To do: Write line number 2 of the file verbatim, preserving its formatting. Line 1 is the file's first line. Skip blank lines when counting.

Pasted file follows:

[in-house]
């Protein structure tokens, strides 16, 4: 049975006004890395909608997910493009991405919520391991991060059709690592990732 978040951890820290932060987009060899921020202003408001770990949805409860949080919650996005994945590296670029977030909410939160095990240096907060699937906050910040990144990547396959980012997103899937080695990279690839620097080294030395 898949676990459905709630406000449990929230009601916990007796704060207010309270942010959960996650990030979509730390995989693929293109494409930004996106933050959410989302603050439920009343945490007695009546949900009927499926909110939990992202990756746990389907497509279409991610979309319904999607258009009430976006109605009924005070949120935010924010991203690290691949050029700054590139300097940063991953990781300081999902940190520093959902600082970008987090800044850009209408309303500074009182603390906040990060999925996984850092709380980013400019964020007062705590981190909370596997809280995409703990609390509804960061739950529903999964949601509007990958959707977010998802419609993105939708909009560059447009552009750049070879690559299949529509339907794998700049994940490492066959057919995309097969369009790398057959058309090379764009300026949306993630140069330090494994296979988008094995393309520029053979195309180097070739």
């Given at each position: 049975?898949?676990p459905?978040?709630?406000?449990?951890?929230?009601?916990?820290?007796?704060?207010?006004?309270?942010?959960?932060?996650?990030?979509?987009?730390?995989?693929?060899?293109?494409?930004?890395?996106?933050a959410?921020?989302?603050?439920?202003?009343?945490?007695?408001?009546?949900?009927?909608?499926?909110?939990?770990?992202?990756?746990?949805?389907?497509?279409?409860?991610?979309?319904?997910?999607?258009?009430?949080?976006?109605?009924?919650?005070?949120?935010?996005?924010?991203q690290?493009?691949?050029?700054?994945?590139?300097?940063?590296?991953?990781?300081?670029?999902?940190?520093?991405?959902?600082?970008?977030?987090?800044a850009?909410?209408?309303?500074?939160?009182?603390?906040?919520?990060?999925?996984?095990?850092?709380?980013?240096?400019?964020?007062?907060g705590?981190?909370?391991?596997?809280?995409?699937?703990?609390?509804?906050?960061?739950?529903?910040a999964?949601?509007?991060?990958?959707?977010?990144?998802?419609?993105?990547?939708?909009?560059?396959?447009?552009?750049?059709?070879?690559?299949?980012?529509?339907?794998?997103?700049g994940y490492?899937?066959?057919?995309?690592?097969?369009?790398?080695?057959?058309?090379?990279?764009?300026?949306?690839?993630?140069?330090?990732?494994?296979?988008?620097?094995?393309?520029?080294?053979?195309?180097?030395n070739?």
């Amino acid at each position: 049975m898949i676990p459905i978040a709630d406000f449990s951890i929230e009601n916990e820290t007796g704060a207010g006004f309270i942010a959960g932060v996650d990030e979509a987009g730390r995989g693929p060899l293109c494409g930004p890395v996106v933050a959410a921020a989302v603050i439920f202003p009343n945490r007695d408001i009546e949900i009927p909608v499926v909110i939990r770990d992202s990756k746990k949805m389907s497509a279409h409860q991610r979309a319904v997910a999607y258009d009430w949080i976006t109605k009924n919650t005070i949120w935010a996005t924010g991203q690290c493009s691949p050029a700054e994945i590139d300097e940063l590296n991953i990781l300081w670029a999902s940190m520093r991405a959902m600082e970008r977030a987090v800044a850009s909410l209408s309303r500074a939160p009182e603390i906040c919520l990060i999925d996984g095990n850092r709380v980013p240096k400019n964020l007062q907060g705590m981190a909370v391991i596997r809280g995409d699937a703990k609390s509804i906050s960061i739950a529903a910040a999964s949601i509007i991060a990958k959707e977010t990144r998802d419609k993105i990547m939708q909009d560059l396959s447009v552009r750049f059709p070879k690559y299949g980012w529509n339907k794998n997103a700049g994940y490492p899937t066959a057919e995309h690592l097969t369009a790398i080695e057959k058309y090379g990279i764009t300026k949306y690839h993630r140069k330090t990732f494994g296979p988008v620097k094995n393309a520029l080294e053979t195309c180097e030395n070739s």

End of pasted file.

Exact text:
């Protein structure tokens, strides 16, 4: 049975006004890395909608997910493009991405919520391991991060059709690592990732 978040951890820290932060987009060899921020202003408001770990949805409860949080919650996005994945590296670029977030909410939160095990240096907060699937906050910040990144990547396959980012997103899937080695990279690839620097080294030395 898949676990459905709630406000449990929230009601916990007796704060207010309270942010959960996650990030979509730390995989693929293109494409930004996106933050959410989302603050439920009343945490007695009546949900009927499926909110939990992202990756746990389907497509279409991610979309319904999607258009009430976006109605009924005070949120935010924010991203690290691949050029700054590139300097940063991953990781300081999902940190520093959902600082970008987090800044850009209408309303500074009182603390906040990060999925996984850092709380980013400019964020007062705590981190909370596997809280995409703990609390509804960061739950529903999964949601509007990958959707977010998802419609993105939708909009560059447009552009750049070879690559299949529509339907794998700049994940490492066959057919995309097969369009790398057959058309090379764009300026949306993630140069330090494994296979988008094995393309520029053979195309180097070739």